Fig. 1
figure 1

Categorization of predicted epitopes. Array A—E protein peptide array of DENV1 [DENV1 (Singapore/S275/1990 (NR-4551))] (Additional file 1: Table 1). Array B—prM protein peptide array of DENV2 [DENV2 (New Guinea C (NR-506))] (Additional file 2: Table 2). Array C—E protein peptide array of DENV2 (New Guinea C (NR-507)) Array D—E protein peptide array of DENV3 (Sleman/1978 (NR-511)), Array E—E protein peptide array of DENV4 (Dominica/814669/1981 (NR-512))] (Additional file 3: Table 3)

Natural antibody responses to B-cell epitopes with a pan serotype conservancy more than 50%

Antibody responses of the E protein peptides to human sera collected from individuals, who have been naturally infected with only one DENV serotype, as assayed by ELISA, are given in Table 1. A positive antibody response is an ELISA measurement that is above the cut-off value indicates the presence of antibodies against the particular epitope. Five peptides, P4/E, P5/E, P14/E, P15/E and P17/E showed high positive antibody responses to sera of all the four DENV serotypes. The corresponding epitopes therefore appears to be broadly immunogenic, across all the four DENV serotypes. This is also reflected in the fact that these peptides show high positive antibody responses for sera of heterogeneous infections (more than 67%). The peptides P2/E, P3/E, P12/E, P13/E and P16/E showed positive responses with sera of only three of the four DENV serotypes. The peptides P1/E and P11/E, showed some positive responses with sera of either one or two DENV serotypes, while P6/E, P7/E, P8/E, P9/E and P10/E showed no positive responses with sera of any of the DENV serotypes.

Table 1 Percentage positive antibody responses of human sera for peptides that represent E protein epitopes with a pan serotype conservancy more than 50%

Antibody response pattern from prM peptides is shown in Table 2. Sera of all four serotypes, collected from individuals infected with only one DENV serotype, showed positive antibody responses to only two peptides: P1/prM and P7/prM. Epitopes representing these two peptides, therefore showed a broader immunogenic nature across the four DENV serotypes. However, P1/prM did not show a very high antibody response with the sera of heterogeneous infection (only 42%). There was no antibody response against the: P2/prM, P3/prM and P5/prM peptides. Only the sera of DENV2 showed a positive antibody response to P4/prM peptide while only the sera of DENV4 and DENV3 showed a positive antibody response to P6/prM and P8/prM peptides respectively.

Table 2 Percentage positive antibody responses of sera for peptides that represent prM protein epitopes with a pan serotype conservancy > 50%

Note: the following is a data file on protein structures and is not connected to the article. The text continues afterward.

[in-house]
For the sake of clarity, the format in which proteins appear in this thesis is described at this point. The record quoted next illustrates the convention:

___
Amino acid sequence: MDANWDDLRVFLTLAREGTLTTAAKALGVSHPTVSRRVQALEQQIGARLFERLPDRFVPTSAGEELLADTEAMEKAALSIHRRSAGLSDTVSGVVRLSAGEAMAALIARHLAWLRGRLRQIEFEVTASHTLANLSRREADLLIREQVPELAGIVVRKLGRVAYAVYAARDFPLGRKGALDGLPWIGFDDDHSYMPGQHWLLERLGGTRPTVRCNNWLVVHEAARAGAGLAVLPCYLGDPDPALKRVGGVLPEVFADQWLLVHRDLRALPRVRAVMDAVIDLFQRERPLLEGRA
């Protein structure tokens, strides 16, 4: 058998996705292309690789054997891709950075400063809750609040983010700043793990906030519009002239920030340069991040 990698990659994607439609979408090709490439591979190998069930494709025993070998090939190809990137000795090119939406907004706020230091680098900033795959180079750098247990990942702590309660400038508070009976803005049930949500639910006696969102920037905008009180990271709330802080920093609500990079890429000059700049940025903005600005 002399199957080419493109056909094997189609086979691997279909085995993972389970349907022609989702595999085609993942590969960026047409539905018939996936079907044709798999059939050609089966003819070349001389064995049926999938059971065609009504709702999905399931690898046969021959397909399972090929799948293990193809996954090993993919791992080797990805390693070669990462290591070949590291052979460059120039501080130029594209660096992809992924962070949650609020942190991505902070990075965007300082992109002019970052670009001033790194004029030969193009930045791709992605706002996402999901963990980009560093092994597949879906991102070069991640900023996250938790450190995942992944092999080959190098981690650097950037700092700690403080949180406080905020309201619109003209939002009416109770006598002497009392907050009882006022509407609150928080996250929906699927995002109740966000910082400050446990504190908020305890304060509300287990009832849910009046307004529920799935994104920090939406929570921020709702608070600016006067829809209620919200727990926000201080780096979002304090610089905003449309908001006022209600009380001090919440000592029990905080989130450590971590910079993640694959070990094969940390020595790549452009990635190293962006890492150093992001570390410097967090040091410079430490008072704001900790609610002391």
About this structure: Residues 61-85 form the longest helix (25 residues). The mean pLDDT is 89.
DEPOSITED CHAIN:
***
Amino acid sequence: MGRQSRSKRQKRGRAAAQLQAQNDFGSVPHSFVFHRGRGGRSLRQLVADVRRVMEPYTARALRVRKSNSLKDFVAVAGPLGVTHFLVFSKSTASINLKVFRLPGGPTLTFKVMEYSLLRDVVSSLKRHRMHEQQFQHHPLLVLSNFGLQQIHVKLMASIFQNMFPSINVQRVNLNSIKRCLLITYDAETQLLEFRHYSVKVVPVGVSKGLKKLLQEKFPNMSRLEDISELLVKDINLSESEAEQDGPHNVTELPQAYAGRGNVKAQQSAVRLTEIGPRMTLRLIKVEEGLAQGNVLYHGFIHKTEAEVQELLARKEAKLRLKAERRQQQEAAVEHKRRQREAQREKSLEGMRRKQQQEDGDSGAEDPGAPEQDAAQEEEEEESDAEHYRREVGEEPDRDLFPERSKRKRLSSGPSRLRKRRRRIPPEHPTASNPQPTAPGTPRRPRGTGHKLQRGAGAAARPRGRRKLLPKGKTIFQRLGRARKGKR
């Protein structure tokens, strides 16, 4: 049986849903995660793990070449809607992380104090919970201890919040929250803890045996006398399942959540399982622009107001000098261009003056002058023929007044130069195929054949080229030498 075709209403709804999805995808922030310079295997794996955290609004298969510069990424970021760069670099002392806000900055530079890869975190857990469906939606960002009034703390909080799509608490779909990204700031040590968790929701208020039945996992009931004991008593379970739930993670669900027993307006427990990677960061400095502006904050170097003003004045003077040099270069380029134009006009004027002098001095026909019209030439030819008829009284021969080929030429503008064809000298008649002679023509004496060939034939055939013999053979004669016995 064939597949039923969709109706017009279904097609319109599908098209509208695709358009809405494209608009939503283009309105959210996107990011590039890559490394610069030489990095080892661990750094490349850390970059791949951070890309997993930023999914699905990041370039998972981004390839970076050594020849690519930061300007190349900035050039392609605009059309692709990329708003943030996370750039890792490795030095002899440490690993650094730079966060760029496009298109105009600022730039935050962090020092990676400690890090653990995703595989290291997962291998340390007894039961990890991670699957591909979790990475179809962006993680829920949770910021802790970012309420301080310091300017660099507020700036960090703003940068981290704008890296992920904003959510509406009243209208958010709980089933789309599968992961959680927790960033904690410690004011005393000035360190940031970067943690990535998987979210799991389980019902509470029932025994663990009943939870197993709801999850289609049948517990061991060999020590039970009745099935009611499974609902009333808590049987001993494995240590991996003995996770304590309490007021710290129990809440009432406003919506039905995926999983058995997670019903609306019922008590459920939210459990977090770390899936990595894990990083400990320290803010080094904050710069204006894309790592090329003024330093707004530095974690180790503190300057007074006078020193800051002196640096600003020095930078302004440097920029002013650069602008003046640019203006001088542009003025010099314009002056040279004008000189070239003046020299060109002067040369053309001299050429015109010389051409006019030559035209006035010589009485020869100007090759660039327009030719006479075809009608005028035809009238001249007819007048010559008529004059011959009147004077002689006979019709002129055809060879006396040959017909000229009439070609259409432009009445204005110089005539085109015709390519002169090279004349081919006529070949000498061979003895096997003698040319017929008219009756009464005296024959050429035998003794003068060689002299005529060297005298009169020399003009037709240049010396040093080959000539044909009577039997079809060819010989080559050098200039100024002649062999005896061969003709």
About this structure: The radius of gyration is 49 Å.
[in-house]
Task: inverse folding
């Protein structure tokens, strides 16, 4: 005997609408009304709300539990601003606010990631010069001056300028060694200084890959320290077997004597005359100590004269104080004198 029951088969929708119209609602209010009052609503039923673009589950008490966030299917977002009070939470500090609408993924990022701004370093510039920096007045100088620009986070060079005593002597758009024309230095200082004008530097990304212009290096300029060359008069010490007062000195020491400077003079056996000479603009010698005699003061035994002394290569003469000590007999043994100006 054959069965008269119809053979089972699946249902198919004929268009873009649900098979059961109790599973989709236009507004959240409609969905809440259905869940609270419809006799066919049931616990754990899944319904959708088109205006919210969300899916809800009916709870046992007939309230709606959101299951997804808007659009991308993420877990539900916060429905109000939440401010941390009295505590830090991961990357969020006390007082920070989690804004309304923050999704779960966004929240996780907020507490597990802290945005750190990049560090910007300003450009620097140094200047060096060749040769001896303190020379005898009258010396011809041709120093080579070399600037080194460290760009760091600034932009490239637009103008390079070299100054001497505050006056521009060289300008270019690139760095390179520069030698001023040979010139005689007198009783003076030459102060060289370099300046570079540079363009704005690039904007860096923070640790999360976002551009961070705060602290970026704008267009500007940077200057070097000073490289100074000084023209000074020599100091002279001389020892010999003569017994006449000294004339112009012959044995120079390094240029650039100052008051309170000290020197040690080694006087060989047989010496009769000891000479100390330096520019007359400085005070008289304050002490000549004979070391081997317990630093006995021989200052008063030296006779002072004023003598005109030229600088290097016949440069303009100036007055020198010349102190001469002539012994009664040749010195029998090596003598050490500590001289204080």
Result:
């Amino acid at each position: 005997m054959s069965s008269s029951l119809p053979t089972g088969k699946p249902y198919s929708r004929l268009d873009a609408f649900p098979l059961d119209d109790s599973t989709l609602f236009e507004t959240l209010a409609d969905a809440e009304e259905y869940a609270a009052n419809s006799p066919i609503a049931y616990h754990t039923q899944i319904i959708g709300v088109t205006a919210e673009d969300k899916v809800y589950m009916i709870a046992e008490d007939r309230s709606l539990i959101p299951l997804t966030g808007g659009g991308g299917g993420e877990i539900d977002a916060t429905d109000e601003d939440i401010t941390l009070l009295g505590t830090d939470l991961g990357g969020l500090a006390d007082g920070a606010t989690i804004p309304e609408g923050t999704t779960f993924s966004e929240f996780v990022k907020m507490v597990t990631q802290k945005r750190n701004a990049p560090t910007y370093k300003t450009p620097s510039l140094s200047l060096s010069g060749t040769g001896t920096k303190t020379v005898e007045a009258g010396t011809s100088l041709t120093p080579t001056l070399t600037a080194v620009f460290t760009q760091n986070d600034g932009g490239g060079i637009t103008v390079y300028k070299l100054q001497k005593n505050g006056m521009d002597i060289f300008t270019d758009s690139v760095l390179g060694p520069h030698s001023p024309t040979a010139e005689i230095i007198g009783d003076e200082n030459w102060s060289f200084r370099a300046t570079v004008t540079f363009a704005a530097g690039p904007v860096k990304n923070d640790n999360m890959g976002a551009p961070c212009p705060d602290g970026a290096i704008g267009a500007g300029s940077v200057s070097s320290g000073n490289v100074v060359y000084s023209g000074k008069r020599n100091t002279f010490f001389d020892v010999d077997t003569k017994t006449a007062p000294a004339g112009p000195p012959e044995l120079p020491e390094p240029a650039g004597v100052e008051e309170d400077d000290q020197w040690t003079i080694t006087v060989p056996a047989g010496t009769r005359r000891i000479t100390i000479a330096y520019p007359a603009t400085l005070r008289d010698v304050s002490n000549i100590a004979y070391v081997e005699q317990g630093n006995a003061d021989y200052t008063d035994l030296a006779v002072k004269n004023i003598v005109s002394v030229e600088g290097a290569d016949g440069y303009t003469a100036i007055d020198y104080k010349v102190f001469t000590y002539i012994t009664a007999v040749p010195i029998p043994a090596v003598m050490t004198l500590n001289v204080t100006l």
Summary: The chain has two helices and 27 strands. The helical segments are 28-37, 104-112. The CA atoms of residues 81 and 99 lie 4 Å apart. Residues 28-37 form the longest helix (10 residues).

Natural antibody responses of B-cell epitopes with a pan serotype conservancy less than  50%

The four peptide sequences from the four DENV serotypes, representing each epitope, with less than 50% pan serotype conservation, were subjected to ELISA assays with sera collected from individuals who are infected with one of the four serotypes. These epitopes are of high interest as serotype specific diagnostic markers. The antibody responses of these peptides, to human sera of different serotypes, are shown in Table 3. The responses shown by the four peptide sequences of a given epitope varied across the four serotypes. For some epitopes, peptides have shown a positive antibody response, which is more or less only towards the sera of the same type, showing a serotype specific response. Some peptides have shown positives responses to sera of other serotypes as well, indicating a serotype cross-reactive antibody response. A peptide sequence showing positive antibody responses with sera of the same serotype and negative responses with sera of other serotypes is considered as a serotype specific peptide /epitope. The specificities and sensitivities of the antibody responses shown by the four peptides of a given epitope towards sera of its own type are shown in Table 3.

Table 3 The antibody responses of the four representative DENV peptides of E protein epitopes with less than 50% pan serotype conservancy

In this regard, the four peptides representing the epitope, EP20/E, is fairly serotype specific. Antibody responses of its peptide sequences from DENV1, DENV2 and DENV4 showed highly specific responses towards sera of the respective serotype. Therefore, the DENV1, -3, and -4 peptides of EP20/E have very high sensitivities and specificities, towards being responsive only to sera of DENV1, -2 or -4 respectively, but not to sera of other types. The sensitivity of the responses by DENV2 peptide of EP20/E was moderate. As such, there were other peptide sequences which have shown serotype specific responses showing fairly high sensitivities and specificities. For example, DENV1 and DENV2 peptides of EP11-12/E, DENV4 peptide of EP14/E, and DENV3 peptide of EP22-23/E, showed serotype specific antibody responses. These peptide sequences have the potential to be developed as serotype specific diagnostic markers for specific identification of the serotype of infection of a dengue infected sera.

Antibody responses to peptide sequences of all four DENV serotypes of some B-cell epitopes from E protein